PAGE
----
Former Lexington police officer released from prison; victim supported his request

gkocher1@herald-leader.comJuly 15, 2013 

Keith Todd

With the blessing of the victim, a former Lexington police officer serving time for hitting a woman with his car was released from prison last week.

Keith Todd, 44, was released from Blackburn Correctional Complex on Friday, the same day that Fayette Circuit Judge Pamela Goodwine granted shock probation and early release.

On March 15, 2012, Todd was under the influence of alcohol and zolpidem, an insomnia medicine, when he turned onto the Legacy Trail walking path and drove his 2001 Mercedes for at least a third of a mile, striking Penny Bentley of Lexington.

Bentley was walking with a friend, Paula Schrecker, according to court documents. Bentley was taken to the hospital with serious injuries; Schrecker was not hurt.

Todd, who retired from the police department in 2010, pleaded guilty last fall to second-degree assault, DUI, wanton endangerment, tampering with evidence and four counts of obtaining controlled substances by fraud. In January, Goodwine sentenced Todd to eight years in prison.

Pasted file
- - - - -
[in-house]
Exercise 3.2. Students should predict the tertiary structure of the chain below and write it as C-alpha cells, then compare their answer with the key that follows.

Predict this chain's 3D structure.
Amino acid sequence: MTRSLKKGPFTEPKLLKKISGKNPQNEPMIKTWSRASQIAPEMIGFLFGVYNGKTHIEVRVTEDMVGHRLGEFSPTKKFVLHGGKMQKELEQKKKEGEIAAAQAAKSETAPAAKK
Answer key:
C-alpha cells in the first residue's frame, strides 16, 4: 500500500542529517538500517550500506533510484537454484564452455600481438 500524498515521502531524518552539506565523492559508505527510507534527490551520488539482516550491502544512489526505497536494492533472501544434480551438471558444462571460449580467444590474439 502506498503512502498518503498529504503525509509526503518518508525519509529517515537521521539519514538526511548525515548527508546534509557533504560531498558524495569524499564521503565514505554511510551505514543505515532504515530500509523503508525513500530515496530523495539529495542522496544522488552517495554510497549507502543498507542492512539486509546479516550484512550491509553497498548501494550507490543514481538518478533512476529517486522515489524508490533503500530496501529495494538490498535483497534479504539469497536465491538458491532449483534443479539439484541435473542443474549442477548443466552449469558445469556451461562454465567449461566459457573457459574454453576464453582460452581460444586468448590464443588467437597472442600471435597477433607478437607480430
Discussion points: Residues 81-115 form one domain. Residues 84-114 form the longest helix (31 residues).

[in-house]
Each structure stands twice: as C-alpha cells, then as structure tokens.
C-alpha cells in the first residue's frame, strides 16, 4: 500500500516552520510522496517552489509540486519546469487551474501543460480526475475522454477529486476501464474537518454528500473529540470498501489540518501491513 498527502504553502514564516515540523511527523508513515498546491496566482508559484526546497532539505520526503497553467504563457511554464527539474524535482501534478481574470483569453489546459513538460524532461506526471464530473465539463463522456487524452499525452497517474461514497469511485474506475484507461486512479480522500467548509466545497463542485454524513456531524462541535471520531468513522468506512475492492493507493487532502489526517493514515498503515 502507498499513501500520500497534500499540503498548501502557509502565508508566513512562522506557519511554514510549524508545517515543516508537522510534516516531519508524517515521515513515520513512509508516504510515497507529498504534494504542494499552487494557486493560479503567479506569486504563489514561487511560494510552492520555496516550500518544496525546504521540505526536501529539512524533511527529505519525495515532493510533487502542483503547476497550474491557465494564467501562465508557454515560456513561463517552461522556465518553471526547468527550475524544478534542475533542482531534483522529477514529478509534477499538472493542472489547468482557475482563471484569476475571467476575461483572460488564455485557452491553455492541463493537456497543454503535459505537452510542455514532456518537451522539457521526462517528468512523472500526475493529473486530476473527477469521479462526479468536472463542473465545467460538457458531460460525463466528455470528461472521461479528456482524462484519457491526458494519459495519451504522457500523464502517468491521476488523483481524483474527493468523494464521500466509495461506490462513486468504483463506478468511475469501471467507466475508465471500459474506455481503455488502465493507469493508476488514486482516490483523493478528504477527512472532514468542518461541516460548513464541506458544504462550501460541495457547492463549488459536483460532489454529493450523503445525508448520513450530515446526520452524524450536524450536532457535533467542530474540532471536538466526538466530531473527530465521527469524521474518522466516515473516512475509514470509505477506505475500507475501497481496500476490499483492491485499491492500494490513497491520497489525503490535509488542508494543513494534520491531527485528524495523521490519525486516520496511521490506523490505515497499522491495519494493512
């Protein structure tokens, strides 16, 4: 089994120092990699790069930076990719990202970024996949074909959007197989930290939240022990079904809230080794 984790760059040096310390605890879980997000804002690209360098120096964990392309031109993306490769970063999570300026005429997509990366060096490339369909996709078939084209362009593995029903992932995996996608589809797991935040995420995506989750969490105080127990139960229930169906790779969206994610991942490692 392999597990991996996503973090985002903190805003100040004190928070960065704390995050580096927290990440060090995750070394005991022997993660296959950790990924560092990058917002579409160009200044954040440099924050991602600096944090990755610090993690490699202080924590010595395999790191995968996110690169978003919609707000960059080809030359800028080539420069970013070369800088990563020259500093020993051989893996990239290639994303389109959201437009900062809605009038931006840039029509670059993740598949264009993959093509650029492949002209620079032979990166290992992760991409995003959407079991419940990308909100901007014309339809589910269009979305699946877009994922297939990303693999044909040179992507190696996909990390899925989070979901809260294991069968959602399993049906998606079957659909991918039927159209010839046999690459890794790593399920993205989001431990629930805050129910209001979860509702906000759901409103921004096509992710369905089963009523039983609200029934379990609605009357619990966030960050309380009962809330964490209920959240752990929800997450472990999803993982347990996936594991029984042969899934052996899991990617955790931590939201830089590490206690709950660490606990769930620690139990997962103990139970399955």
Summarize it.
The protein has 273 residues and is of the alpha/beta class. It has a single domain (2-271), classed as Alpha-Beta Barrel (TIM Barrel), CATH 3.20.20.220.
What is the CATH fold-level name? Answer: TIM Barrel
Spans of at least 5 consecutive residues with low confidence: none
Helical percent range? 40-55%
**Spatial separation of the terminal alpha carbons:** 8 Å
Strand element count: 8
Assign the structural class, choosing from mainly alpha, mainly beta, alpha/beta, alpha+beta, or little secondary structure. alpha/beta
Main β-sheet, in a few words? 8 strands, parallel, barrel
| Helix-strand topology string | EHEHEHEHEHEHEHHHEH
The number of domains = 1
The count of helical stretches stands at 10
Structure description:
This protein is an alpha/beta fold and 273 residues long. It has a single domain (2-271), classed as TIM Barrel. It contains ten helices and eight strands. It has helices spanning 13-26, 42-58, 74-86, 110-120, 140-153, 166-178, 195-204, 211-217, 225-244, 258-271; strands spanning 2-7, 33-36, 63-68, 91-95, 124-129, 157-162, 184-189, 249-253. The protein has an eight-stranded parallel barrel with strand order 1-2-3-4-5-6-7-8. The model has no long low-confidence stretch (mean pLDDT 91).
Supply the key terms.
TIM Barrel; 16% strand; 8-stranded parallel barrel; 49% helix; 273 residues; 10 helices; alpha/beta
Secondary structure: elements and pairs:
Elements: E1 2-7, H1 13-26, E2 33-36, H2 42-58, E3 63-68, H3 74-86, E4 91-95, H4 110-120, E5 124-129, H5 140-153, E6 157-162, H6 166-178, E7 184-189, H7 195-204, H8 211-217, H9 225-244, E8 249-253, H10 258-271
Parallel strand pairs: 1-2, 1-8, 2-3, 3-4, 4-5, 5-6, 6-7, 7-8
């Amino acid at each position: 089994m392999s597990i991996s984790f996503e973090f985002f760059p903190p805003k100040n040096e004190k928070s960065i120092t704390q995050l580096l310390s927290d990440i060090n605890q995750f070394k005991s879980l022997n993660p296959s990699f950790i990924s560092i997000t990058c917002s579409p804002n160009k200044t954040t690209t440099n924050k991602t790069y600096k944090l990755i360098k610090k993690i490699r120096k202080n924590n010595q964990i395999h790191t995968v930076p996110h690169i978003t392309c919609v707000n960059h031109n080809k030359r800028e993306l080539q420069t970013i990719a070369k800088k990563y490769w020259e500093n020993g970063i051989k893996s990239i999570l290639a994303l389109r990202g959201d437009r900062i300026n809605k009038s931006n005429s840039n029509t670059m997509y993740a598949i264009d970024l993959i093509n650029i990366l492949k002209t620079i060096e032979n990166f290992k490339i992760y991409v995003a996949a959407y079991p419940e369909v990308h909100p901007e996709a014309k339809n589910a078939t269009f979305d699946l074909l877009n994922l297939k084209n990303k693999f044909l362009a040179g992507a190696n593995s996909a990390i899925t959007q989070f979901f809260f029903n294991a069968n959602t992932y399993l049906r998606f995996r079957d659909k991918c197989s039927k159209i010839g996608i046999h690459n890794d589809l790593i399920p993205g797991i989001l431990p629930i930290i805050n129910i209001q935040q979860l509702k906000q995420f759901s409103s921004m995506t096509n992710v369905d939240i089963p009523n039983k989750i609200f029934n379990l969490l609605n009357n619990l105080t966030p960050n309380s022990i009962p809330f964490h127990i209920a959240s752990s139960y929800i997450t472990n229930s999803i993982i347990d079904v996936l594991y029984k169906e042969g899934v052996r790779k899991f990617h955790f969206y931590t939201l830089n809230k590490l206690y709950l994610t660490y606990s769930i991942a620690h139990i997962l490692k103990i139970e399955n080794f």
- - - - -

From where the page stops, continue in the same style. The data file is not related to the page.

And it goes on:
On Friday, Goodwine considered a defense motion for shock probation during a five-minute hearing. Among the letters submitted to the judge was one from Bentley.

It reads: "This is to formally let you know I am in favor of shock probation for Keith Todd. I forgive him for the accident and the pain he has caused me and my family. It is important to me for him to have the opportunity to go back to his family; they need him and I support that. I wish him the best."

Todd also wrote the judge a handwritten letter, which concludes: "It is my ultimate goal to prove to you, to my family and to all parties involved that I am a changed person and that I'm totally committed to be a better man as I begin the next chapter in my life."

The terms of Todd's probation include that he is to report to his probation officer, attend Narcotics Anonymous/Alcoholics Anonymous meetings and refrain from alcohol use.

Bentley sued Todd last year for severe and permanent bodily injuries, past and future lost wages, and past and future medical expenses.

The defense motion for shock probation said that an agreement had been reached in that lawsuit and that "Mr. Todd is anxious to comply with the terms of the agreement in order to compensate Ms. Bentley for the injuries she received as a result of his conduct. Release from prison would allow him the opportunity to make Ms. Bentley whole as well as help with family expenses that are strained without his assistance."

Todd and his wife, Melissa, have twin sons.

During his time in Blackburn, Todd trained and exercised dogs to ready them for adoption. The dogs had been rescued from the humane society and needed one-on-one attention so they could become good candidates for adoption.

Greg Kocher: (859) 231-3305. Twitter: @HLpublicsafety.

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